1. Limited time only! Sign up for a free 30min personal tutor trial with Chegg Tutors
    Dismiss Notice
Dismiss Notice
Join Physics Forums Today!
The friendliest, high quality science and math community on the planet! Everyone who loves science is here!

Homework Help: Sum to Infinity of a Geometric Series

  1. Aug 14, 2011 #1
    1. The problem statement, all variables and given/known data

    Q. Find the range of values of x for which the sum to infinity exists for each of these series:

    (i) 1 + [itex]\frac{1}{x}[/itex] + [itex]\frac{1}{x^2}[/itex] + [itex]\frac{1}{x^3}[/itex] + ...

    (ii) [itex]\frac{1}{3}[/itex] + [itex]\frac{2x}{9}[/itex] + [itex]\frac{4x^2}{27}[/itex] + [itex]\frac{8x^3}{81}[/itex] + ...

    2. Relevant equations

    S[itex]\infty[/itex] = [itex]\frac{a}{1 - r}[/itex]

    3. The attempt at a solution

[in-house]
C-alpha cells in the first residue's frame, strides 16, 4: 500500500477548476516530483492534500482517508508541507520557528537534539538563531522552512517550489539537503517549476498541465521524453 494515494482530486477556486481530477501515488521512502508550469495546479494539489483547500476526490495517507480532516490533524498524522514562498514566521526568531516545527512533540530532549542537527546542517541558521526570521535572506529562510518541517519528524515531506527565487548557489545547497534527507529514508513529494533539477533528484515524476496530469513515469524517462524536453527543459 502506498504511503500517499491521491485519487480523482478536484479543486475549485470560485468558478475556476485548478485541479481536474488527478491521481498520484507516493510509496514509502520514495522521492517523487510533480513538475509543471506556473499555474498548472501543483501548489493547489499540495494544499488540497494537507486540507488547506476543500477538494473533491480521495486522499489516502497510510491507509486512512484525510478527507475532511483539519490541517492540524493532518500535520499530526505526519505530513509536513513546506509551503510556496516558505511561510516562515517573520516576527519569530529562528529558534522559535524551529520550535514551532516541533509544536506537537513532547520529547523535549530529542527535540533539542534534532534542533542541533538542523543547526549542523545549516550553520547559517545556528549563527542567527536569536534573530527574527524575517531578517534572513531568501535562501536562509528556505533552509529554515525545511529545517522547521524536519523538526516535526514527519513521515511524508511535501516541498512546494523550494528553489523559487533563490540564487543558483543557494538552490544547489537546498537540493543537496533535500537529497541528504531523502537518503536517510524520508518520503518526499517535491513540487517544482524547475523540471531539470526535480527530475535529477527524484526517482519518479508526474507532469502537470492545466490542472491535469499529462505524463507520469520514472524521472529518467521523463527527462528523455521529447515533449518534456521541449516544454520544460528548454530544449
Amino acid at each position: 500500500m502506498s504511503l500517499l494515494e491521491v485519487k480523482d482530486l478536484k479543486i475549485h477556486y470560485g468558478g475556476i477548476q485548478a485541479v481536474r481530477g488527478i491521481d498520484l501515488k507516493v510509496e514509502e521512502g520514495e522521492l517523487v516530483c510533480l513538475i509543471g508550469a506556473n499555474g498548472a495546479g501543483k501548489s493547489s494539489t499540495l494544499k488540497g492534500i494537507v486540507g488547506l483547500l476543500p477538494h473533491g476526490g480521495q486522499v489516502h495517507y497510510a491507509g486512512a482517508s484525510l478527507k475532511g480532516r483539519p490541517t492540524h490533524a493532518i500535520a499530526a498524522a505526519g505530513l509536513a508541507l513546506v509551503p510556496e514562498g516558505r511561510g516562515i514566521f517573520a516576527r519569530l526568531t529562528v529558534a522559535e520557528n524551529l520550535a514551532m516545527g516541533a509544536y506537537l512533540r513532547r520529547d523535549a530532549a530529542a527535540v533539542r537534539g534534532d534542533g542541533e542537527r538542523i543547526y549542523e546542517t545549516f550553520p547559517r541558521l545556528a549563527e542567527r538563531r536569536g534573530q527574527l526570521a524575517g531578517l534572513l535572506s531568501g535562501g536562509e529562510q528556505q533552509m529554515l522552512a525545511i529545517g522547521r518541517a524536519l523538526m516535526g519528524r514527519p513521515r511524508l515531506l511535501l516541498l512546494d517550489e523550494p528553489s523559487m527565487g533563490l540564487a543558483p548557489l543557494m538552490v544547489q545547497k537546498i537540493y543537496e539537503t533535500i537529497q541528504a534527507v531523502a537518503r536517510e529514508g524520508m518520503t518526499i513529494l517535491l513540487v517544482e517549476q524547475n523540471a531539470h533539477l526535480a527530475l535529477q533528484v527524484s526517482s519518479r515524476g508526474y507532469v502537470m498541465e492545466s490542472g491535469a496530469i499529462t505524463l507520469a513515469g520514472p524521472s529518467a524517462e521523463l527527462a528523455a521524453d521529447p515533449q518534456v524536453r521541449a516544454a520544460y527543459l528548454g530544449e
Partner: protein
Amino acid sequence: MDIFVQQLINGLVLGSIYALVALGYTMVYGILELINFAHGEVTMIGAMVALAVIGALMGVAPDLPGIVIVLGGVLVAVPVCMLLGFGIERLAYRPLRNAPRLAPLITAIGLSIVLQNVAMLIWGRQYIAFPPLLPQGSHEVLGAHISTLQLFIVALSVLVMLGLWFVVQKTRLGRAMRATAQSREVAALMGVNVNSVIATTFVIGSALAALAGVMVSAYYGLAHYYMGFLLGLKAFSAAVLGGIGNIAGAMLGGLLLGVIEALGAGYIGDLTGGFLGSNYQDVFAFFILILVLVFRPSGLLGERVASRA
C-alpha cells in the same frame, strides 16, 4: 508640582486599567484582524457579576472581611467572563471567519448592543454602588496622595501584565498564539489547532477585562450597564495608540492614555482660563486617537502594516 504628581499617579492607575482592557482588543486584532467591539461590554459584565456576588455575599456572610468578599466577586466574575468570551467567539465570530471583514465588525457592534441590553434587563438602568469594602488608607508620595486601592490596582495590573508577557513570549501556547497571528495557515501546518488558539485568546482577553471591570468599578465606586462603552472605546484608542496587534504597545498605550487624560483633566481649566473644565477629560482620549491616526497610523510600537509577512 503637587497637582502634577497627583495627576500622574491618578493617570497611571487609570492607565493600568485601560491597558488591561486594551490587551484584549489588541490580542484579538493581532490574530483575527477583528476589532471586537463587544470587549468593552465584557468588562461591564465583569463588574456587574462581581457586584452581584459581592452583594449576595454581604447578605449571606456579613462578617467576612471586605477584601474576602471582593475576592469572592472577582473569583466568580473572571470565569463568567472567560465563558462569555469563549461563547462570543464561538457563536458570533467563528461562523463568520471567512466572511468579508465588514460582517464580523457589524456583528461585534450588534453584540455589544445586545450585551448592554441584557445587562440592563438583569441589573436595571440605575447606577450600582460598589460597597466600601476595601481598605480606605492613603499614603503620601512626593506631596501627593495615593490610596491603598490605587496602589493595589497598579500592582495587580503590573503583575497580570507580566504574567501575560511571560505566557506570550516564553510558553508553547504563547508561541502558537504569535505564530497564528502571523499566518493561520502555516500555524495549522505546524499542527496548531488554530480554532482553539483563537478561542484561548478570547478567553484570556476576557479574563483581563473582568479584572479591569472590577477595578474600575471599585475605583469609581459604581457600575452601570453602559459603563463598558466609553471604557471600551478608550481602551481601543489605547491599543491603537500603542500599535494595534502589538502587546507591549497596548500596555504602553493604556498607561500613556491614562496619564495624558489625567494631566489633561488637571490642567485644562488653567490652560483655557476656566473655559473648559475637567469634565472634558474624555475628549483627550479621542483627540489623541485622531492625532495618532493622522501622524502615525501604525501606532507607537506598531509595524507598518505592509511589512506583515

(i) r = [itex]\frac{1}{x}[/itex]/ 1 = [itex]\frac{1}{x}[/itex] [itex]\Rightarrow[/itex] 1 = x
    Ans.: From text book: IxI > 1

    (ii) r = [itex]\frac{2x}{9}[/itex]/ [itex]\frac{1}{3}[/itex] = [itex]\frac{6x}{9}[/itex] [itex]\Rightarrow[/itex] 6x = 9 [itex]\Rightarrow[/itex] x = [itex]\frac{9}{6}[/itex] [itex]\Rightarrow[/itex] x = [itex]\frac{3}{2}[/itex]

    Ans.: From text book: -[itex]\frac{3}{2}[/itex] < x < [itex]\frac{3}{2}[/itex]

    I'm confused as to whether I'm approaching this correctly, or if I've simply gone wrong in expressing the answers I found. Can someone help me figure this out? Thanks.
  2. jcsd
  3. Aug 14, 2011 #2


    User Avatar
    Homework Helper

    For your sum to infinity to exist

    Sn must converge as r→∞.

    i.e. for |r| < 1

    so in your first one, you correctly found r as r = 1/x so it would converge for |1/x| < 1 and you know that |X|< A ⇒ -A<X<A.
  4. Aug 14, 2011 #3
    Ok, I think I see it now. Thanks for clearing that up.
Share this great discussion with others via Reddit, Google+, Twitter, or Facebook